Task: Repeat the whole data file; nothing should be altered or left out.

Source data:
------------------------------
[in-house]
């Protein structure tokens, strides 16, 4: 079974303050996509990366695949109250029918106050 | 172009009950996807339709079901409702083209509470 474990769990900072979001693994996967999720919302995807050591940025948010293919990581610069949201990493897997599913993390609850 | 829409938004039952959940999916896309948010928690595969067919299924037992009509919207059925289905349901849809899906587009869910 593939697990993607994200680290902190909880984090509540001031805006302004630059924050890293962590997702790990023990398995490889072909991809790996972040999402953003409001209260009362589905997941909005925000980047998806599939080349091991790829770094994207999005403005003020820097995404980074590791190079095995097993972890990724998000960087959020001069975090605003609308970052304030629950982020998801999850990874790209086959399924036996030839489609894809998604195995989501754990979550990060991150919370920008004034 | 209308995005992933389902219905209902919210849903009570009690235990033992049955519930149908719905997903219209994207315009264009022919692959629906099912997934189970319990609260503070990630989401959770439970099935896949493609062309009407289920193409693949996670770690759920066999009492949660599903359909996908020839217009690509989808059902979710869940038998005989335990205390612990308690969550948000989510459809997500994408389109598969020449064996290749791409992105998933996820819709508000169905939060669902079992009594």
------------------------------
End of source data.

[in-house]
């Protein structure tokens, strides 16, 4: 079974303050996509990366695949109250029918106050 | 172009009950996807339709079901409702083209509470 474990769990900072979001693994996967999720919302995807050591940025948010293919990581610069949201990493897997599913993390609850 | 829409938004039952959940999916896309948010928690595969067919299924037992009509919207059925289905349901849809899906587009869910 593939697990993607994200680290902190909880984090509540001031805006302004630059924050890293962590997702790990023990398995490889072909991809790996972040999402953003409001209260009362589905997941909005925000980047998806599939080349091991790829770094994207999005403005003020820097995404980074590791190079095995097993972890990724998000960087959020001069975090605003609308970052304030629950982020998801999850990874790209086959399924036996030839489609894809998604195995989501754990979550990060991150919370920008004034 | 209308995005992933389902219905209902919210849903009570009690235990033992049955519930149908719905997903219209994207315009264009022919692959629906099912997934189970319990609260503070990630989401959770439970099935896949493609062309009407289920193409693949996670770690759920066999009492949660599903359909996908020839217009690509989808059902979710869940038998005989335990205390612990308690969550948000989510459809997500994408389109598969020449064996290749791409992105998933996820819709508000169905939060669902079992009594």